Google's Cloud Vision API Can Search Individual Video Frames

Google's new Cloud Video Intelligence API makes it possible to scan and search videos for nearly anything thanks to Machine Learning. Google says the tool relies on a simple REST API that can peek at every single frame in videos hosted in Google Cloud Storage. 

Google announced the Cloud Video Intelligence API at its Google Cloud Next conference. Fei-Fei Li, Google's Chief Scientist of Artificial Intelligence and Machine Learning, spoke about a number of new initiatives during his keynote address, but the video API is by far the most impressive. 

The API is able to annotate any video stored on Google's servers at video, shot, and frame-level content. There are three main features: label detection, temporal annotations, and shot change detection. The first lets searchers identify everyday objects, places, and things, such as the Empire State Building or a tank. The second searches across the entire video for things related to the main entities and automatically tags items by location. The last is able to determine when scenes within videos are cut or changed. 

Who is this API for? Google suggests companies that host massive amounts of media will find new ways to take advantage of their content. For example, media organizations sitting on years of archived content (think TV news channels) Can suddenly use the Cloud Video Intelligence API to seek out key subjects and items within each video and tag it. Doing so may bring new life and monetization opportunities to those old videos. 

Publishing platforms can take advantage of similar benefits. Google believes tagging videos with metadata can drive content recommendation engines, expanding the scale of content available for people to discover. Similarly, end users will find lots to like as the Video Intelligence API lets regular Janes and Joes find their favorite people or places in their own online videos.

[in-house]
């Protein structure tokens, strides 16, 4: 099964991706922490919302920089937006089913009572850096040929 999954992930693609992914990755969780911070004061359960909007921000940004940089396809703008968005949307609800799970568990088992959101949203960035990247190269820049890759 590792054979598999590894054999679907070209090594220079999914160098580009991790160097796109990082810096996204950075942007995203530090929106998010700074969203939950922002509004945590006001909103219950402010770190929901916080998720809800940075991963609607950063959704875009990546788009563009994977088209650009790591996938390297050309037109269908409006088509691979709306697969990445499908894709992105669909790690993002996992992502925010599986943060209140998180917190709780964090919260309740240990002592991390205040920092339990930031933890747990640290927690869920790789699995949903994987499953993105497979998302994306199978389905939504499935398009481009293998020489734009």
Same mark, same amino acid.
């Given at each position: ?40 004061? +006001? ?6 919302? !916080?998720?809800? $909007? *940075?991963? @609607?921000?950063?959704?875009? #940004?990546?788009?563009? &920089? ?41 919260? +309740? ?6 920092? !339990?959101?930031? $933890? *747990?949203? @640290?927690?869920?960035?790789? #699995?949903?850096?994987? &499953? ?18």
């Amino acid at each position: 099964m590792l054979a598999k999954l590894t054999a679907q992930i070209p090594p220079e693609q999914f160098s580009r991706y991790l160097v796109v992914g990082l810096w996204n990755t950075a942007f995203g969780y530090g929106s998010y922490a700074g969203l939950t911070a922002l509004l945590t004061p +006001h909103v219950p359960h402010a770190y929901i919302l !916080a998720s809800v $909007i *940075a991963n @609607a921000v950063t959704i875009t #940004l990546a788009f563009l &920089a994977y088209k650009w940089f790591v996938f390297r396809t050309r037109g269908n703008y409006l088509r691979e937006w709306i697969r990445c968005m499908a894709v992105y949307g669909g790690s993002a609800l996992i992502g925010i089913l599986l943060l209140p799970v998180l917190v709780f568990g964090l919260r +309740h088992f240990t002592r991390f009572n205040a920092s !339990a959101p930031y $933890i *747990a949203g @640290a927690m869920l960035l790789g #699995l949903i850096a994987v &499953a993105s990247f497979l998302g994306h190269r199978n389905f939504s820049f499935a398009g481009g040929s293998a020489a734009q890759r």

Google says the API is powered by the same underlying code that's already baked into the video search tools in YouTube. It takes a new approach, but still relies on deep machine learning techniques. 

For now, the API is being offered in beta form to a limited number of Google partners. Cantemo was given early access to the API and Mikael Wahlberg, VP of product development, said the API lets its users "automatically identify objects, places, and people from within the media content itself, whether video, image, or audio. It will track at exactly what time within the content a specific item appears. This level of information is vastly deeper than anything possible today and will save our customers vast amounts of time and money.

Google's Fei-Fei Li also outlined several new capabilities for the company's Vision API. Chiefly, it can recognize millions of entities from Google's Knowledge Graph and pair it with metadata from Google Image Search. This means it can detect and group similar images. The Vision API is also better at optical character recognition, which allows it to pull text from images and catalog it so it is searchable. 

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